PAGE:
3. I repeat, never let anyone touch your beard. The liability is too high. You cannot be responsibility for what happens to people when they experience the sheer power.
  4. Lastly, go forth with all your glory. Spread the good word, and promise not to use your beard for evil.

Fare thee well, Mr. Spears. May all the honor worthy of beard-wearers be bestowed upon you by the Brotherhood. Fratres in barbam. Brothers in beard.

Most Honorably,

Webster the Beard-Wearer”



Mr. Bailey:


“Possessing an undefiled rank in noble character, unwavering precision of insight bordering on never being wrong, and garnering noteworthy esteem in the otherwise harsh eyes of the world, a certain Adam Webster once remarked about me, solely from the magnitude and austerity of my beard, that I indeed know what is going on.  Despite Webster being absolutely wrong on this point, the note of interest is that my beard makes it seem as though I know what is going on.  In which case, if Mr. Spears strives to join the Brothers of Beardom, and becomes as burly as a man should—undeterred by the temptations to smooth-facedness, whatever this feeble allure may be, for I have not shaved in years—then he will not only know what is going on, but will look as though he knows what is going on, both of which our politicians sorely neglect, especially the chief among them who have mysteriously ascended to having become the nominees of their nefarious conventions.

He Who Scarcely Knows What Is Going on, Though It Seems Otherwise,

Bailey of the Beard”


From the staff here at the LCChronicle, as well as the staff at large, we wish your Beard well, Mr. Spears, though its life may be cut short, even shorter than Mr. Malcomson trimmed his Beard over Fall Break.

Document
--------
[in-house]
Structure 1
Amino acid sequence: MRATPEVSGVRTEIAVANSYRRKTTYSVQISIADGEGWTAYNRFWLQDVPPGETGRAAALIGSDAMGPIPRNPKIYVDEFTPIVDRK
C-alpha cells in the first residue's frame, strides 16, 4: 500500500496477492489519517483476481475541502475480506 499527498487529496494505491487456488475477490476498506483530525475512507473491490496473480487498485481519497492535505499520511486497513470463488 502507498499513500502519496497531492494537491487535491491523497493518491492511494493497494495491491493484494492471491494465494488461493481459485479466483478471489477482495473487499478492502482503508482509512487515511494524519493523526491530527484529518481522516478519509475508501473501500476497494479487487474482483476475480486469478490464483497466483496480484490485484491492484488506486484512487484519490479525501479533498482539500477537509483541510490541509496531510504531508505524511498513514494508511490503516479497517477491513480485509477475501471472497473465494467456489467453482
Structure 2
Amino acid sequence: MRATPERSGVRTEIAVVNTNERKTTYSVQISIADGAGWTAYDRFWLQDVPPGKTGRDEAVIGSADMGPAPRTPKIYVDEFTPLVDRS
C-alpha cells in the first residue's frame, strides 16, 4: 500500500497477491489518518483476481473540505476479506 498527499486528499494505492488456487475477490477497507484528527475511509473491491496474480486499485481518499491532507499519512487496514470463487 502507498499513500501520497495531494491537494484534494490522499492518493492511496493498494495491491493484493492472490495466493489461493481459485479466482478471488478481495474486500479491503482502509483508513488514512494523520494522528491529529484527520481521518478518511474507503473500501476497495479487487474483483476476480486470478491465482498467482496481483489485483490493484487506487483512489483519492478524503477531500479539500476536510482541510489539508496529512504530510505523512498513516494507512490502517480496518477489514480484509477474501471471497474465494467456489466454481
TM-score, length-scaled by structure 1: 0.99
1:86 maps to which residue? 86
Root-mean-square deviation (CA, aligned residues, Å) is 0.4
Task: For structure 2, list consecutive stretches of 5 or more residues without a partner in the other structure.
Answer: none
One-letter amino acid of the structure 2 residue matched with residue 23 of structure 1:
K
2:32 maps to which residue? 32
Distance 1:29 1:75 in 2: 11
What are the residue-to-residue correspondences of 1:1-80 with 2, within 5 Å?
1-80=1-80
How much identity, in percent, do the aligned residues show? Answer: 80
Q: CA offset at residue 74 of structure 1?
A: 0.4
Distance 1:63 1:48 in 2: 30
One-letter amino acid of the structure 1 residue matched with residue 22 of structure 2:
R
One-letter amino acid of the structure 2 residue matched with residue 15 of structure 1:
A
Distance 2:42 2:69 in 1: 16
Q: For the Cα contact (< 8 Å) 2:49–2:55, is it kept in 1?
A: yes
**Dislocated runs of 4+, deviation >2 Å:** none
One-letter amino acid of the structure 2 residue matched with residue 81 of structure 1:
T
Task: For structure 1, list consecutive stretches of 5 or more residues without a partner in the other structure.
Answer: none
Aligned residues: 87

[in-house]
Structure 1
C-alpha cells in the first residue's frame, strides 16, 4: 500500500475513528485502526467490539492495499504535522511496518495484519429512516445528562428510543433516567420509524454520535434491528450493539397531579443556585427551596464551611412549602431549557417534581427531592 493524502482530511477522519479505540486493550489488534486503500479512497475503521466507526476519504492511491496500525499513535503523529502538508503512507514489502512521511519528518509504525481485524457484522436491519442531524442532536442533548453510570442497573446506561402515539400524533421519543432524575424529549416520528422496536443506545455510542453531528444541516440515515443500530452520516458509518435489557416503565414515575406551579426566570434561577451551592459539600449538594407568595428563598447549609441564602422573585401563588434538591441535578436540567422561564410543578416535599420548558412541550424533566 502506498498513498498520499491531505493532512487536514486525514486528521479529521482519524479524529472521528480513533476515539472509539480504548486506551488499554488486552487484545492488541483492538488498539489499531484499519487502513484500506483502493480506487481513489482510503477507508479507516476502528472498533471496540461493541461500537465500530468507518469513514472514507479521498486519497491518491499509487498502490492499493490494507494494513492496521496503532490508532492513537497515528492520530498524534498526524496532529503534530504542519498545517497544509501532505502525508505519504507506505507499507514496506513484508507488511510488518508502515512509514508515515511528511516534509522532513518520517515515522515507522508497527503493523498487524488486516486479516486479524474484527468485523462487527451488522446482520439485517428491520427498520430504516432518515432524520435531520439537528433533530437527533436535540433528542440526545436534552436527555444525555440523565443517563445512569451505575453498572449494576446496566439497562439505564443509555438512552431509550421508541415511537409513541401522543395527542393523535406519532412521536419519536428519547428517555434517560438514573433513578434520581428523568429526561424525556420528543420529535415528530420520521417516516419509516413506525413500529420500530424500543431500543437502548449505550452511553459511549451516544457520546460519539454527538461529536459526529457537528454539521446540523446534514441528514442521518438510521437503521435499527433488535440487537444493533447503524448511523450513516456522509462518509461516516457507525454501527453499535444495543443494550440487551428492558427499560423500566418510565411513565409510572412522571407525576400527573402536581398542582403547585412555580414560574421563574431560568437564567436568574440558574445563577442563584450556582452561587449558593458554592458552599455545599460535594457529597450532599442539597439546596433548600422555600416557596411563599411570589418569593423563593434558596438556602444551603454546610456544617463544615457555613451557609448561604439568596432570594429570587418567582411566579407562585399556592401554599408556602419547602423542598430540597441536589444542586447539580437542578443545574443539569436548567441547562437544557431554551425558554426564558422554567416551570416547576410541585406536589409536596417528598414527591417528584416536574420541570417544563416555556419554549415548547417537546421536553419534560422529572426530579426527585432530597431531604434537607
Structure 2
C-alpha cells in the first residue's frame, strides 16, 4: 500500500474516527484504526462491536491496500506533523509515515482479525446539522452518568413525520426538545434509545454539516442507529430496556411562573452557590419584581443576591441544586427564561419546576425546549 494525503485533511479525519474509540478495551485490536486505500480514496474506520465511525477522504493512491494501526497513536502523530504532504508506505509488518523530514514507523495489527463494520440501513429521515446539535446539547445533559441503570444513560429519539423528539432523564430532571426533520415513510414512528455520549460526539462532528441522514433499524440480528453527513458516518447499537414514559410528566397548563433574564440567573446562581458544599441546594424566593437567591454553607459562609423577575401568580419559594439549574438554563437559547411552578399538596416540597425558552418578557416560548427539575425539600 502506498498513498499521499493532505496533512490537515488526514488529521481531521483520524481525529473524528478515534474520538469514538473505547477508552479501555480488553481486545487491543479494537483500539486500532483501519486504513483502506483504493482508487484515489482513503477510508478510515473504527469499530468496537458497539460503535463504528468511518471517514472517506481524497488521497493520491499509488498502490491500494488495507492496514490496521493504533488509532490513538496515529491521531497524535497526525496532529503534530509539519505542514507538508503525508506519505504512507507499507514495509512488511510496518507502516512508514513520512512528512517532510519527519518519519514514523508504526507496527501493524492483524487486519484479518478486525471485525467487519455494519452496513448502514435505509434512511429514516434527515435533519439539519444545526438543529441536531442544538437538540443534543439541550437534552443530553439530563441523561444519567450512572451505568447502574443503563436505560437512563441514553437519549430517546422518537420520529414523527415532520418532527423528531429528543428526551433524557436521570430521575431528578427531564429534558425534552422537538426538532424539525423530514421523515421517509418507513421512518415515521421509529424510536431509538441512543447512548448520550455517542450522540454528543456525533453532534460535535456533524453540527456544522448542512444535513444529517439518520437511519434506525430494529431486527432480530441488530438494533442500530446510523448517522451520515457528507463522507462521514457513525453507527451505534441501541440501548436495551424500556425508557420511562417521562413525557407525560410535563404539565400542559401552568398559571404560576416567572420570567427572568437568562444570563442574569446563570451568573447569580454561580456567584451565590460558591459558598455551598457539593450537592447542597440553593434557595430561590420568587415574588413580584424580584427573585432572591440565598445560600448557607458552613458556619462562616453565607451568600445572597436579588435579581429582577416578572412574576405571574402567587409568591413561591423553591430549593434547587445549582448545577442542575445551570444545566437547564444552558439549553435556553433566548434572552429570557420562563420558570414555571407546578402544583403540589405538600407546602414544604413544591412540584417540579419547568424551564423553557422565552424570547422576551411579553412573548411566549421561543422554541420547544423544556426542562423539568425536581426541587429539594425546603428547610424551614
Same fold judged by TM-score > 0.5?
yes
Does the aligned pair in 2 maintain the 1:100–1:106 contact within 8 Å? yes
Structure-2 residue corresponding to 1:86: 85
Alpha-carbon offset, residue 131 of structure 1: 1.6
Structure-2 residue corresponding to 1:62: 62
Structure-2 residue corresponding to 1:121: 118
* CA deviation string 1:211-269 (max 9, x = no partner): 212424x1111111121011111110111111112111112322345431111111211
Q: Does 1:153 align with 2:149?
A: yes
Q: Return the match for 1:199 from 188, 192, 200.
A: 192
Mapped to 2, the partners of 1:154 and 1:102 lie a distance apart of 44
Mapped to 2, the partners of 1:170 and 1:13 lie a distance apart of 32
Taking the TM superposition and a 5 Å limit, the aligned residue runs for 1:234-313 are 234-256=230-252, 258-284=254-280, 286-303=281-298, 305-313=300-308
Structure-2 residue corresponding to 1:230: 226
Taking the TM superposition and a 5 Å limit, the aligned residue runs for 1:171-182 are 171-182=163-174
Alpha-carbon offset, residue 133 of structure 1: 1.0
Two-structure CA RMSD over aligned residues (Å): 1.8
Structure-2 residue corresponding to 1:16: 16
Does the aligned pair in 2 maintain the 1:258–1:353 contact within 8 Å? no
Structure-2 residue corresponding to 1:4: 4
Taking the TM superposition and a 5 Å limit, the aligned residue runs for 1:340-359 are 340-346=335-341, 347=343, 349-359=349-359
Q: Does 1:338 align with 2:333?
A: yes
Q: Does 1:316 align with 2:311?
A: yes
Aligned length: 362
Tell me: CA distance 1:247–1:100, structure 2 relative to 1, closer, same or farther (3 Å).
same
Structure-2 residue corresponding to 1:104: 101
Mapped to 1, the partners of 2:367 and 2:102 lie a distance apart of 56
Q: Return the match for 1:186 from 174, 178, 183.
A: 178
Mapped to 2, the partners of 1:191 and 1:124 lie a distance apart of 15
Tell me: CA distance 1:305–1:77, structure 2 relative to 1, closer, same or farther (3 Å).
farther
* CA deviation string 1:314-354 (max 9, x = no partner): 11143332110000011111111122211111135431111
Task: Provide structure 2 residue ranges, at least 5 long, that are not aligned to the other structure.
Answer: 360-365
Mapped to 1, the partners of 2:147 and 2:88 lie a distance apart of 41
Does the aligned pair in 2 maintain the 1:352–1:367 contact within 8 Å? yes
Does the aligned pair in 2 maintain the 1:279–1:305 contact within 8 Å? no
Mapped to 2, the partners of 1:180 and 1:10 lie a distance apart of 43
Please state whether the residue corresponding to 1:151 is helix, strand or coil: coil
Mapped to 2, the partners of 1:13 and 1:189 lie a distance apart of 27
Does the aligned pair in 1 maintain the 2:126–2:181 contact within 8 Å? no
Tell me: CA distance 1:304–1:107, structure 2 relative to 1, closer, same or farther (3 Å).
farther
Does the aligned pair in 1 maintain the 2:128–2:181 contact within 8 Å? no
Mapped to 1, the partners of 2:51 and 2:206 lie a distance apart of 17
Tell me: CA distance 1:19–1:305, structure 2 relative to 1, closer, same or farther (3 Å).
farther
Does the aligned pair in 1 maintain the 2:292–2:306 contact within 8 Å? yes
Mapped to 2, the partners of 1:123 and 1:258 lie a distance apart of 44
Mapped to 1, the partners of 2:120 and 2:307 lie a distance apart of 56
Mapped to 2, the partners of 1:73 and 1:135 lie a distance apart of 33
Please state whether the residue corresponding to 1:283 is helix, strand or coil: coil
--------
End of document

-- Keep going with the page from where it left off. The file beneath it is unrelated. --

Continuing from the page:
Full Interview:

1) Have you ever grown a Beard before? Tried? Yes. Successfully? No.

2) Do you have any plans on shaving? Every day I think about it. Probably soon. Family pictures coming up.

3) How masculine do you want your Beard to be? The most.

4) Have you studied the history of Beards and Beard culture? I know Abraham Lincoln had one. That’s about as far back as I go.

5) Who has the best Beard at LCHS? I don’t want to be the guy who votes for himself, so Mr. John (the nighttime custodian).

6) What does your wife think about your Beard? She actually likes it (or at least says she does).

7) What or whom was your inspiration for growing the Beard? I had a stretch of about five days when I didn’t have a meeting over fall break, so I got lazy.

8) Do you have any advice for baby-faces who are aspiring to, or may consider, growing a Beard in the near or distant future? If you are folically-challenged (as I am), do not try to grow one because you can always tell people that you could grow a great one, you just don’t want to.

9) What is the greatest honor about having a Beard? Getting my picture taken by the news staff and learning that the word “Beard” has to be capitalized at all times.